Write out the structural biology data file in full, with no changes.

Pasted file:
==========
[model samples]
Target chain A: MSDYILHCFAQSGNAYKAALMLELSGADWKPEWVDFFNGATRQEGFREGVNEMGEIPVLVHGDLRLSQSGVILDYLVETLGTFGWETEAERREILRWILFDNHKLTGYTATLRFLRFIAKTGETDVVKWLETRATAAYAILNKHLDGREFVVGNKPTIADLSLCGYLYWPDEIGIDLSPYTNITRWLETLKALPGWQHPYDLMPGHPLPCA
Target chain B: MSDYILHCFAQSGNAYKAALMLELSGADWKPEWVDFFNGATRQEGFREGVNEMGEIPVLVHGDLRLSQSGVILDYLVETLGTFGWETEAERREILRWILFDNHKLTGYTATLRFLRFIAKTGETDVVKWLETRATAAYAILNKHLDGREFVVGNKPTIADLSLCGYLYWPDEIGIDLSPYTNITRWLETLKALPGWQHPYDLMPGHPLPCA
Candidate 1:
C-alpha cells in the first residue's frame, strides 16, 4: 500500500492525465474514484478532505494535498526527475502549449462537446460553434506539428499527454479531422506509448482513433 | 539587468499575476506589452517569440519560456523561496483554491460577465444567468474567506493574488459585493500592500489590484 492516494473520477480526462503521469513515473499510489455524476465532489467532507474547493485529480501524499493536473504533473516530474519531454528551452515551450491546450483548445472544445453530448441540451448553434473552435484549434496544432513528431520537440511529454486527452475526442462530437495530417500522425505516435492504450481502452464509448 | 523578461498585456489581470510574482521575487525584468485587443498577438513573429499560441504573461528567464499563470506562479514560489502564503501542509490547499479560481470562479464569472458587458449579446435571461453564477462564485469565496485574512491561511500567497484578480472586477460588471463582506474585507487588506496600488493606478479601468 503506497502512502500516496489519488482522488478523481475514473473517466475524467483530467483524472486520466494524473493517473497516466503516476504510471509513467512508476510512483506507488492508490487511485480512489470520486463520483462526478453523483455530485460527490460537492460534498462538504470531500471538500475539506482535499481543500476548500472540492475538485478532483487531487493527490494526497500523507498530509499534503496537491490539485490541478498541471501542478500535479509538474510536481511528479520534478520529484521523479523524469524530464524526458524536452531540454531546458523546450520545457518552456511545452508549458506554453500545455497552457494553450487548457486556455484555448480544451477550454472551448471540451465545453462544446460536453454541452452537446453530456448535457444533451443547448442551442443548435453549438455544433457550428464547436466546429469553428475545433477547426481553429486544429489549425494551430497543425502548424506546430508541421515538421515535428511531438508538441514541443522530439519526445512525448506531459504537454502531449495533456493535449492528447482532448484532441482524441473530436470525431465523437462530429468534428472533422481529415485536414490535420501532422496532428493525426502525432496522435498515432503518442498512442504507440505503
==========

[model samples]
Target chain A: MSDYILHCFAQSGNAYKAALMLELSGADWKPEWVDFFNGATRQEGFREGVNEMGEIPVLVHGDLRLSQSGVILDYLVETLGTFGWETEAERREILRWILFDNHKLTGYTATLRFLRFIAKTGETDVVKWLETRATAAYAILNKHLDGREFVVGNKPTIADLSLCGYLYWPDEIGIDLSPYTNITRWLETLKALPGWQHPYDLMPGHPLPCA
Target chain B: MSDYILHCFAQSGNAYKAALMLELSGADWKPEWVDFFNGATRQEGFREGVNEMGEIPVLVHGDLRLSQSGVILDYLVETLGTFGWETEAERREILRWILFDNHKLTGYTATLRFLRFIAKTGETDVVKWLETRATAAYAILNKHLDGREFVVGNKPTIADLSLCGYLYWPDEIGIDLSPYTNITRWLETLKALPGWQHPYDLMPGHPLPCA
Candidate 1:
C-alpha cells in the first residue's frame, strides 16, 4: 500500500492525465474514484478532505494535498526527475502549449462537446460553434506539428499527454479531422506509448482513433 | 539587468499575476506589452517569440519560456523561496483554491460577465444567468474567506493574488459585493500592500489590484 492516494473520477480526462503521469513515473499510489455524476465532489467532507474547493485529480501524499493536473504533473516530474519531454528551452515551450491546450483548445472544445453530448441540451448553434473552435484549434496544432513528431520537440511529454486527452475526442462530437495530417500522425505516435492504450481502452464509448 | 523578461498585456489581470510574482521575487525584468485587443498577438513573429499560441504573461528567464499563470506562479514560489502564503501542509490547499479560481470562479464569472458587458449579446435571461453564477462564485469565496485574512491561511500567497484578480472586477460588471463582506474585507487588506496600488493606478479601468 503506497502512502500516496489519488482522488478523481475514473473517466475524467483530467483524472486520466494524473493517473497516466503516476504510471509513467512508476510512483506507488492508490487511485480512489470520486463520483462526478453523483455530485460527490460537492460534498462538504470531500471538500475539506482535499481543500476548500472540492475538485478532483487531487493527490494526497500523507498530509499534503496537491490539485490541478498541471501542478500535479509538474510536481511528479520534478520529484521523479523524469524530464524526458524536452531540454531546458523546450520545457518552456511545452508549458506554453500545455497552457494553450487548457486556455484555448480544451477550454472551448471540451465545453462544446460536453454541452452537446453530456448535457444533451443547448442551442443548435453549438455544433457550428464547436466546429469553428475545433477547426481553429486544429489549425494551430497543425502548424506546430508541421515538421515535428511531438508538441514541443522530439519526445512525448506531459504537454502531449495533456493535449492528447482532448484532441482524441473530436470525431465523437462530429468534428472533422481529415485536414490535420501532422496532428493525426502525432496522435498515432503518442498512442504507440505503